On 21 July it was reported by BBC Newsthat three men died from wounds suffered during bull-running festivals in Spain. At least two of them had taken part in the Valencia region's traditional bous al carrer (bull-running), with one simply a bystander.
The famous Spanish festivals see bulls charge through towns, often with people running ahead of them.
In one of the incidents, an enraged bull tossed a man in the air when he was standing behind a block. The man suffered a traumatic brain injury. Another victim had his lung pierced by a charging bull.
Alicante Today reported that a French tourist who wasn't taking part in the event spent days in a coma after an angry beast hooked him by the leg and hurled him before trampling over him.
A risky entertainment
Casualties have always been a regular feature of bull-running events. The San Fermin running of the bulls in Pamplona, the first festival held in three years due to the Covid-19 pandemic, saw 35 injuries this year.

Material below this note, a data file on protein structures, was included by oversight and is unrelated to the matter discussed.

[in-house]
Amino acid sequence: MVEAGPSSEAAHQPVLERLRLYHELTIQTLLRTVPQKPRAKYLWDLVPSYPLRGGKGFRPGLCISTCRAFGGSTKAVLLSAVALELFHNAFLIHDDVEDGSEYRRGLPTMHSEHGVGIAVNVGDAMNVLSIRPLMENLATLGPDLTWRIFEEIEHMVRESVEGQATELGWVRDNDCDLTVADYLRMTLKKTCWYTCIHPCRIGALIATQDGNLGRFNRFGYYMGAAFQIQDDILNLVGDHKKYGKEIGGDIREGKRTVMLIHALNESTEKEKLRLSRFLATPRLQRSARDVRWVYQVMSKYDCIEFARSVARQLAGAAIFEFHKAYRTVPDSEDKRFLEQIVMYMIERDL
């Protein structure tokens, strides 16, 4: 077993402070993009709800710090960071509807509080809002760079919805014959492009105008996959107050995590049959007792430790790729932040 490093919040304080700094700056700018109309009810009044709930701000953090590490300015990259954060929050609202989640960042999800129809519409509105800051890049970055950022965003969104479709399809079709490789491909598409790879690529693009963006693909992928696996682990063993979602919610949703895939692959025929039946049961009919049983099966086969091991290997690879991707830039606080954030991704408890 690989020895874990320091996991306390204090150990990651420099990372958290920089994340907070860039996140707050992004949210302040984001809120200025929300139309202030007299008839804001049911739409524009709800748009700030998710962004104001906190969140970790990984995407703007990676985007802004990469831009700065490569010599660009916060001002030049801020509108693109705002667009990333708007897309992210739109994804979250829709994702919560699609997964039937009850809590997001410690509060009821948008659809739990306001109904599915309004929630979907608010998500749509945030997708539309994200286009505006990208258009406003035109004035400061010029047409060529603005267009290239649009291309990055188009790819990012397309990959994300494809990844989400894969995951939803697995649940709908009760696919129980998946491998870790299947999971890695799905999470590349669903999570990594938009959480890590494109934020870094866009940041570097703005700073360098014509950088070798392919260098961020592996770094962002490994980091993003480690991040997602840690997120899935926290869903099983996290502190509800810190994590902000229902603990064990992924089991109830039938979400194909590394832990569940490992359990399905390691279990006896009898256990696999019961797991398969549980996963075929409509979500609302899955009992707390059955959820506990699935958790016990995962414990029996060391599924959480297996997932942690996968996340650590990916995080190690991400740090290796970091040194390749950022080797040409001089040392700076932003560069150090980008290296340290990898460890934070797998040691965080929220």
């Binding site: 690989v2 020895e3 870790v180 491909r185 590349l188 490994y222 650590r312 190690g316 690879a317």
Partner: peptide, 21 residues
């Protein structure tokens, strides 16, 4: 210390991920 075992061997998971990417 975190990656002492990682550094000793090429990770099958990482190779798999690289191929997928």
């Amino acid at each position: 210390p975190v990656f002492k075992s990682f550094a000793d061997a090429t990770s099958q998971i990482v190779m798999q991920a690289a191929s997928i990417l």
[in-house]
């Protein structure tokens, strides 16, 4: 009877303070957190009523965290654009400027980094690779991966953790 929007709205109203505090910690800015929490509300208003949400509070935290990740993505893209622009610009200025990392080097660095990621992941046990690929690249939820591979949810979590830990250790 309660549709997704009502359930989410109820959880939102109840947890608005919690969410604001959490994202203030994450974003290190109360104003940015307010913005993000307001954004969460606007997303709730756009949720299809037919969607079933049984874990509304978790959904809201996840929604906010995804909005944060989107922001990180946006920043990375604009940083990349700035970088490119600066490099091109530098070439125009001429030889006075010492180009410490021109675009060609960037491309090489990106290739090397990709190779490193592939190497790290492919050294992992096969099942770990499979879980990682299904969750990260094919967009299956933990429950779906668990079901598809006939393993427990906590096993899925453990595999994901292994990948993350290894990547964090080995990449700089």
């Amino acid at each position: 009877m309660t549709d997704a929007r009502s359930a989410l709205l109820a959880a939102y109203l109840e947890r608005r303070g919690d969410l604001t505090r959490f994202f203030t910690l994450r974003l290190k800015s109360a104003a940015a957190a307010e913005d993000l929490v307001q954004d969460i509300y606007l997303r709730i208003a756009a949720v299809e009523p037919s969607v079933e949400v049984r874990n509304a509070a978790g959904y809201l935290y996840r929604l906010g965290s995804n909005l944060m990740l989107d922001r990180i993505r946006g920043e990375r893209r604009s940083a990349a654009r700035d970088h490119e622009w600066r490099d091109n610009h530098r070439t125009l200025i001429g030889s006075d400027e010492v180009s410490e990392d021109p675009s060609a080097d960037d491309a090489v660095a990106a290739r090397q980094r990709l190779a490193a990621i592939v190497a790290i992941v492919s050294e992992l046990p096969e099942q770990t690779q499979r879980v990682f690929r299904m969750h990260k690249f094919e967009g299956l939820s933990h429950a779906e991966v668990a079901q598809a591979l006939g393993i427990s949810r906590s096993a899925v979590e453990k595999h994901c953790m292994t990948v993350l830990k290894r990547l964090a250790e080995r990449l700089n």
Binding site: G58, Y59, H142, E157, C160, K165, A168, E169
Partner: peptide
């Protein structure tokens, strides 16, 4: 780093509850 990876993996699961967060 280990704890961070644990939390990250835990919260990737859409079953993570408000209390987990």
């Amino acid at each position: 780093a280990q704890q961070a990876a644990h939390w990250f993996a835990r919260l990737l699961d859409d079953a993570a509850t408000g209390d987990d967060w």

The organisers justify the risky entertainment by a much-needed boost to Valencia's economy. A 2019 study found that it created more than 3,000 jobs and brought in €300m with almost 10,000 events a year.
Officials warn that bulls are animals and accidents of this type were a risk that people took.
'It's time to put an end to it!'
Spain's party for the animals (PACMA) repeated its call for the abolition of bull festivals, criticising the organisers of the three Valencia events for endangering the lives of residents and inflicting abuse on animals.
They said in their tweet:
Deaths in the bous al carrer, like the three that have occurred in recent days, can be avoided by prohibiting all bull-running festivals.They pose suffering and pain for animals and are a risk to the public. It's time to put an end to it!
Animal rights groups have long complained of the dangers for the public as well as the animals. They say 20 people have died in the region in the past eight years.